June 21 – July 23
CINEMASCOPES (cinema + horoscopes) approaches film through an astrological lens, and vice versa. Published in seasonal instalments, the series explores how astrology can be made intelligible through film, and considers how the energy of each astrological season might be applied to how we watch and make films.
Been feeling emotional lately? It may have something to do with the commencement of crybaby — sorry, I mean Cancer — season (said with love from an equally weepy Pisces!). Cancerians are sweet, nurturing, sensitive beauty queens, and our first water sign of the year.
According to Rough Cut’s Cancerian staff writer André Shannon: “Cancers are mega creative, emotionally manipulative, extremely deep feeling, BFF oriented, love their moms, and have extreme social habits but are also usually the most interesting person in the room no offence 😘”. I haven’t met any emotionally manipulative Cancers, but I co-sign the rest of this (also they can be pretty stubborn).
Personally, I celebrated the start of Cancer season by being on my period. But outside of a moon-synchronised red tide wreaking havoc on your emotional state, how can you channel Cancerian energy? More importantly, how can you make it… cinematic?
Being water signs, Cancerians can get a little weird and experimental — water loves fluidity, irrationality, surrealism, the subconscious, blah blah blah. Case in point: avant-garde filmmaker Jean Cocteau was a Cancer! Watch his amazing 1930 film The Blood of a Poet for a little of this experimental, dreamlike, water-sign artistic irrationality.
Legendary young weirdo Jaden Smith. Read his tweets to get into the weird, deep, confusing, emotional zone of the season — I’m a fan of “The Biggest Flex Anyone Will Ever Have Is Dying”. Or watch him being a sulky, moody, elegant man about town in Netflix’s Neo Yokio.
“Just Stare In The Mirror And Cry And You’ll Be Good.”
Can’t spell “the moon” without “emo”
Cancer is ruled by the moon, connecting this water sign to the idea of tides, mood swings, and shifting emotional states. Watch Night Tide (1961), a film about a mermaid — a watery woman ruled by the moon — to tap into this energy. There’s a very dreamy, Lana del Rey vibe about it, and a restored version is up on Nicolas Winding Refn’s streaming website right now!
BROCKHAMPTON founder Kevin Abstract is a Cancer, and out of all the Cancerian filmmakers I know, he comes the most highly recommended from me as someone worth studying and learning from. He recently did an interview with GQ that gets into a lot of beautiful things about vulnerability, art-making, emotions, therapy — typical water sign stuff. Read it. Watch his music videos. Channel his honesty, empathy, and drive.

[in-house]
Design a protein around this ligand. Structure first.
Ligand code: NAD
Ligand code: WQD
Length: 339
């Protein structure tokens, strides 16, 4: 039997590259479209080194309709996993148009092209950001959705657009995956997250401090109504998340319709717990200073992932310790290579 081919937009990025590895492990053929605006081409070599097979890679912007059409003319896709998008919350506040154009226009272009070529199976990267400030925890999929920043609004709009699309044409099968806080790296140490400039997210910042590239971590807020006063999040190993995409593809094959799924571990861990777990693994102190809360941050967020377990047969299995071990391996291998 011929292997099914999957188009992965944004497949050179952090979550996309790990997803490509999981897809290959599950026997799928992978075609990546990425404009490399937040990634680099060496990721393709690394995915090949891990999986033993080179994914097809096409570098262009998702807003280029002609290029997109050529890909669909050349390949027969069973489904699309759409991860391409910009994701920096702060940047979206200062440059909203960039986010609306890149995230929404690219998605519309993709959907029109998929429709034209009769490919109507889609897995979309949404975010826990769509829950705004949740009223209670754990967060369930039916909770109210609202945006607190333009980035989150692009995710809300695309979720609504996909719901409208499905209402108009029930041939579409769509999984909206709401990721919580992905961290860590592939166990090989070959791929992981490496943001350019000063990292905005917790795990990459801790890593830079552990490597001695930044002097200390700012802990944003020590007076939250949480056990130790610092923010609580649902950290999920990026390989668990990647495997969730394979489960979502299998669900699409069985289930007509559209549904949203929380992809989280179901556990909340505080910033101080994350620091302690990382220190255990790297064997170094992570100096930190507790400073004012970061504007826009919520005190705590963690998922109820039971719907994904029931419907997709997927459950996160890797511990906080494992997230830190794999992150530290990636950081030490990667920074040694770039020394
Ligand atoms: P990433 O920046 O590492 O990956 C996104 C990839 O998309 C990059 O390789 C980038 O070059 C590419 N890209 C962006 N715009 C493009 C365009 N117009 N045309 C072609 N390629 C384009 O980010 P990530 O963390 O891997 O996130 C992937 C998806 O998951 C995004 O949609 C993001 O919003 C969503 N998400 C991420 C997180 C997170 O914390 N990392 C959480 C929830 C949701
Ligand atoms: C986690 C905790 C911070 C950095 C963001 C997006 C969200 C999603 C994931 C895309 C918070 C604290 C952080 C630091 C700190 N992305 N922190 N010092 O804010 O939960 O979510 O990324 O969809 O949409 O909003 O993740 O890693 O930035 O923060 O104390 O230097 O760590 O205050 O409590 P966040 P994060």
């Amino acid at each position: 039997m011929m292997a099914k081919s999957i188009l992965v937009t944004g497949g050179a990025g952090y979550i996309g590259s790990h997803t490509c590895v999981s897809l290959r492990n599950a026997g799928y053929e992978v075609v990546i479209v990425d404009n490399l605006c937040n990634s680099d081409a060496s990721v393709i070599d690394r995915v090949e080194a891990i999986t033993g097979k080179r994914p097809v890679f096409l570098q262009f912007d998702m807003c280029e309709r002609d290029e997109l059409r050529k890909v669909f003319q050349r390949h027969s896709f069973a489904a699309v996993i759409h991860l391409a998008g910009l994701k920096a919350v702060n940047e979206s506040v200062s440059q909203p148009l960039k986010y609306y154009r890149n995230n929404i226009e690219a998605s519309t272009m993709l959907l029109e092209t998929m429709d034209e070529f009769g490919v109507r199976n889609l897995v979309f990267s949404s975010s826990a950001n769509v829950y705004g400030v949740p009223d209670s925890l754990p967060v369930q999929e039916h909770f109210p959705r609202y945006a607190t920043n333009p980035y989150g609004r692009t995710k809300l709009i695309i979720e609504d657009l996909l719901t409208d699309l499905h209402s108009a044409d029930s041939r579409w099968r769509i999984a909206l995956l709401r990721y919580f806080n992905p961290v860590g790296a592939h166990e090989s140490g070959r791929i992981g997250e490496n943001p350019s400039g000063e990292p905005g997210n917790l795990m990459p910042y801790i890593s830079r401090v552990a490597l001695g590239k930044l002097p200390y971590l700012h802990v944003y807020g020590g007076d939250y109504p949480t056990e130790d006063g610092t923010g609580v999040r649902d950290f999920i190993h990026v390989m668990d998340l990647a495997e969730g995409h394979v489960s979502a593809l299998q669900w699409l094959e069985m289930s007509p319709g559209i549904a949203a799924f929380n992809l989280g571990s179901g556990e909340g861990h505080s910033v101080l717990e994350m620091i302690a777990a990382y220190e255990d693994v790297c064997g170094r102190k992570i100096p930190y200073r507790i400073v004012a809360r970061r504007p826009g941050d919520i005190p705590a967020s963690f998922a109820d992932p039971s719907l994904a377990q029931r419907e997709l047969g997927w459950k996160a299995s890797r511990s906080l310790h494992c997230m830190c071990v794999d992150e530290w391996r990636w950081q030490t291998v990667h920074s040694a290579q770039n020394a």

“I need to be loved. I need to love.”
Cancer is also considered to be the “motherly” sign — comforting, affectionate, strong, and nurturing. Watch Lana del Rey’s ‘Love’ music video for some of this heartfelt Cancerian energy. (There’s a big fucking moon in the video, too — how anyone ever thought she was a Gemini is beyond me.)
It’s subjective, but everyone feels “#MOM” about someone. For your consideration, here are some other strong and beautiful Cancerian women: Sandra Oh, Meryl Streep, Edie Falco, Molly Parker, Kathryn Hahn, Priyanka Chopra, Kristen Bell, Busy Philipps, Linda Cardellini, Margot Robbie, and Frances McDormand.
But this sign’s nurturing, comforting energy transcends gender, so I’d also like to mention some sweet Cancerian men: Robin Williams, Tom Hanks (“America’s Dad”), Willem Dafoe (cusp, controversial), Paul Thomas Anderson(!), Danny Glover, and Philip Seymour Hoffman.
Recommended viewing: Anything where these people play mothers (Meryl Streep in Mamma Mia! Frances McDormand in Fargo! Edie Falco in The Sopranos! Kristen Bell and Kathryn Hahn in Bad Moms!), or any PTA/Philip Seymour Hoffman collaboration.
In closing — Cancer and film
My suggestions for this season are pretty simple: allow yourself to be emotional and sensitive. Spend some time watching movies that make you feel warm inside. Or if you’re a filmmaker, try and make things that have that effect on others. Be kind to everyone you work with. Make sure they’re taken care of. Ask if they’ve eaten. Look at the moon. Visit the sea. Keep going.
Ivana Brehas (a.k.a. Joaquin Shenix) is a writer and filmmaker living in Naarm (Melbourne). She has written for Dazed, Much Ado About Cinema, The Big Issue, 4:3 and more. She also makes lil videos. Contact her at www.ivanabrehas.com.